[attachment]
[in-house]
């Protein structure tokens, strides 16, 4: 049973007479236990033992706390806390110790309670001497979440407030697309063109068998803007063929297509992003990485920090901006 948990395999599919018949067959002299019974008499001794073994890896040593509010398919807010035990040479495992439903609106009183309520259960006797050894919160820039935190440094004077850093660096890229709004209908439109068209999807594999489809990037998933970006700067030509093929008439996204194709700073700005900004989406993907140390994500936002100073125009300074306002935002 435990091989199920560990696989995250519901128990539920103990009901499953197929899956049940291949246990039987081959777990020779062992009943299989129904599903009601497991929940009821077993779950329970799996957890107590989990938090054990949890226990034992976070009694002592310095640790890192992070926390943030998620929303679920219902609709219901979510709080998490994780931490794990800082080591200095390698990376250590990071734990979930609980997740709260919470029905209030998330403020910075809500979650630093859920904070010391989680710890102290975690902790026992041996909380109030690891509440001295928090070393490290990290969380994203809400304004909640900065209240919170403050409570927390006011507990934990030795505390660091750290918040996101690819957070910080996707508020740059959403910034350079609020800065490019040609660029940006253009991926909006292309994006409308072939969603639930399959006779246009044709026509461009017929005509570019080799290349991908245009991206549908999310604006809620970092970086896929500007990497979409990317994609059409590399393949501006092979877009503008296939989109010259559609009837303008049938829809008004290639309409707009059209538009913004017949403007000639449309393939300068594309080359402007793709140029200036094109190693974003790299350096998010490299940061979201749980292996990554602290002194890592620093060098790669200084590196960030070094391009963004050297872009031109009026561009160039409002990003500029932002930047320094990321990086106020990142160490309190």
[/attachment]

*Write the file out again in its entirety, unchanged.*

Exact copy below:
[in-house]
């Protein structure tokens, strides 16, 4: 049973007479236990033992706390806390110790309670001497979440407030697309063109068998803007063929297509992003990485920090901006 948990395999599919018949067959002299019974008499001794073994890896040593509010398919807010035990040479495992439903609106009183309520259960006797050894919160820039935190440094004077850093660096890229709004209908439109068209999807594999489809990037998933970006700067030509093929008439996204194709700073700005900004989406993907140390994500936002100073125009300074306002935002 435990091989199920560990696989995250519901128990539920103990009901499953197929899956049940291949246990039987081959777990020779062992009943299989129904599903009601497991929940009821077993779950329970799996957890107590989990938090054990949890226990034992976070009694002592310095640790890192992070926390943030998620929303679920219902609709219901979510709080998490994780931490794990800082080591200095390698990376250590990071734990979930609980997740709260919470029905209030998330403020910075809500979650630093859920904070010391989680710890102290975690902790026992041996909380109030690891509440001295928090070393490290990290969380994203809400304004909640900065209240919170403050409570927390006011507990934990030795505390660091750290918040996101690819957070910080996707508020740059959403910034350079609020800065490019040609660029940006253009991926909006292309994006409308072939969603639930399959006779246009044709026509461009017929005509570019080799290349991908245009991206549908999310604006809620970092970086896929500007990497979409990317994609059409590399393949501006092979877009503008296939989109010259559609009837303008049938829809008004290639309409707009059209538009913004017949403007000639449309393939300068594309080359402007793709140029200036094109190693974003790299350096998010490299940061979201749980292996990554602290002194890592620093060098790669200084590196960030070094391009963004050297872009031109009026561009160039409002990003500029932002930047320094990321990086106020990142160490309190």